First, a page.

Rumor Du Jour: i5/OS on Other Platforms? Not!
July 23, 2007 Timothy Prickett Morgan
The midrange press was abuzz a little last week about the prospect of IBM porting the i5/OS operating system to other platforms. While this would be an interesting development, and one that would quite possibly breathe some new life into the i5/OS and OS/400 platform, it turns out, alas, that such talk is not true and is the result of a misunderstanding of some comments made by an IBM executive at a user group meeting.
It all started when Elaine Lennox, the vice president of marketing for what has been called the System i division until last Thursday and which is now called the Power Systems division (or at least part of it is called that), was speaking at the OCEAN Technical Conference in Irvine, California, on July 16. OCEAN is one of the largest regional user groups, serving Southern California, and it usually draws a pretty big crowd. Somehow, Lennox’s comments got misinterpreted by people at the conference, which were then passed on to members of the trade press. Before you know it, people were thinking IBM was going to port i5/OS to other platforms.
According to Lennox, this is what she said that set everybody off: “Looking forward it was quite possible that we’d offer i5/OS on other platforms–such as, for example, why not put i5/OS on blades into BladeCenter one day in the future?”
Instead of hearing that as putting a Power6 chip into a blade form factor and allowing i5/OS to run on it, as we have reported that IBM was planning to do for several years now, somehow some people listening to Lennox speak heard “other platforms” instead of what she actually said. So no, IBM was not talking about the possibility of porting i5/OS to other hardware platforms, but really making i5/OS available on a future Power6 platform in a form factor that should have long-since been able to run i5/OS.
(And to be precise, as we report elsewhere in this issue, Mark Shearer, formerly the general manager of the System i division and now the senior vice president and business line executive for IBM’s new Power Systems division, said in an interview last week with me that this Power6 blade server supporting i5/OS would be available in the fourth quarter.)
If any customer base in the world understands the inherent value proposition of an integrated platform, it is the i5/OS and OS/400 customer base. Having integrated the operating system, database, middleware, and development tools into a single stack and pulled storage under the covers, too, the next logical thing would be to internalize the entire network, including switches and routers and other gear. If anything, the OS/400 platform from six years ago should have been the first blade server form factor, much as AS/400 machines were the first rack-mounted servers. Yes, it steams me that the i5/OS and OS/400 platform used to lead and now it follows. But, in this case, the special memory tags and some of the instructions for running OS/400 and i5/OS are not on the PowerPC 970 processors used in IBM’s BladeCenter machines, and the Power4 and Power5 family of 64-bit processors, which do have these memory features and instructions, were far too hot to put on a blade server. By moving to 65 nanometer processor manufacturing technology and by, presumably, gearing down the clock speed and making use of other power-down features that shut off unused portions of the Power6 chip, IBM can get an i5/OS-compatible processor into a blade form factor.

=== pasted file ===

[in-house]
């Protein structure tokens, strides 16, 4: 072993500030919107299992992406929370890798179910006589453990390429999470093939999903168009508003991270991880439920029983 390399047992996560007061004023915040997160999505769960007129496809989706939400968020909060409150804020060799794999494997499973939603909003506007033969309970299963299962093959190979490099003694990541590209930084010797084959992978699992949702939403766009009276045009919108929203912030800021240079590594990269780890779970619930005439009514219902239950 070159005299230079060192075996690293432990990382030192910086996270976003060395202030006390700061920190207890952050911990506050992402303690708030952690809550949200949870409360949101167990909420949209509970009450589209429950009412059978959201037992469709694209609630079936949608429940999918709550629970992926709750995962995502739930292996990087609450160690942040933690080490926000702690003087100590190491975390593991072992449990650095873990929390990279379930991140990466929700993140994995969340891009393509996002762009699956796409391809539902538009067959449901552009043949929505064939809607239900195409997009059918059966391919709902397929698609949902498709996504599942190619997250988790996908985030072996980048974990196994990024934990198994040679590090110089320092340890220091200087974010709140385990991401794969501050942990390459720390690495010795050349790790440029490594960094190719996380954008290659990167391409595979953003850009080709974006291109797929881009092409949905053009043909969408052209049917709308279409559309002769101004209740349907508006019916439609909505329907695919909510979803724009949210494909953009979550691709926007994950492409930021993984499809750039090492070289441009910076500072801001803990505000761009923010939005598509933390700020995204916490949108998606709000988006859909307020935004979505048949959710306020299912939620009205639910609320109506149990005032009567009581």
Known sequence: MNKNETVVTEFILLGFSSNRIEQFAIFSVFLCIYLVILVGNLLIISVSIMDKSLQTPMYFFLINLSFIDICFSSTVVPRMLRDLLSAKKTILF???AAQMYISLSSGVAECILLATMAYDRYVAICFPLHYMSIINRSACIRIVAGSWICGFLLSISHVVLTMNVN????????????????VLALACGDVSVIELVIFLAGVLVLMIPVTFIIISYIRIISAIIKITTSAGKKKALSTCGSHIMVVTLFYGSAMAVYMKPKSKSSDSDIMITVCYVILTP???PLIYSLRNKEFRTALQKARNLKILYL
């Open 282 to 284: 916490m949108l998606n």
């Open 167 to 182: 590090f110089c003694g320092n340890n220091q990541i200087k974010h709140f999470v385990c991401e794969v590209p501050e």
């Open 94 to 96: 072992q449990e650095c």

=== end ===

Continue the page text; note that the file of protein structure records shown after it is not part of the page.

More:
While I am thinking about porting i5/OS to other platforms, it is worth bearing in mind that there is absolutely nothing that prevents IBM from doing such ports. When IBM made the transition from CISC to RISC chips in 1995 and into 1996, the mix of PL/1, assembly, and heaven only knows what other kind of code was ported to a mix of C++ and a smattering of Java. IBM could port OS/400 or i5/OS to any platform it chose to, but it might have to do a lot of optimizations to make certain features (like virtualization) work properly. It might have to force a recompile because of memory and other instruction issues, too, or have another emulation layer between the operating system’s microcode and the iron to make i5/OS think it is running on Power when it really isn’t. The fact is, IBM chooses to keep i5/OS on its flagship, commercial Power platforms. It is not a foregone conclusion, and that is what is frustrating to those of us who want IBM to run this platform on less expensive iron than it currently does. If the new Business Systems division, which inherited the System i 520 and 550 as well as the 515 and 525 servers doesn’t understand that, the i5/OS and OS/400 community is happy to explain it to its new leaders. You can rest assured I will do my part in the dialog.
There is, of course, a new alternative, and one that IBM was probably smart enough to invent itself and maybe it did in its research labs but never had the insight or nerve to deploy. Total emulation, and with the amount of processing capacity that is available in chips today, this is a real option. Just ask Transitive, the makers of the QuickTransit emulation environment that lets PowerPC-based applications run on an X64-based Mac from Apple Computer. IBM is well aware of QuickTransit, since it can be used to port mainframe applications to Linux or Unix boxes as well as porting one kind of Unix or Linux to a Linux or Unix on another hardware architecture without forcing customers to recompile those applications. IBM is using QuickTransit to let Linux applications compiled for 32-bit X86 processors run on Power chips running Linux in an emulation environment that it is giving away to customers called the System p Application Virtual Environment, or PAVE.
IBM has lots of options to get i5/OS applications onto other chip architectures, if it wants to do that. This much is clear. And so far, IBM has not been inclined to move in that direction.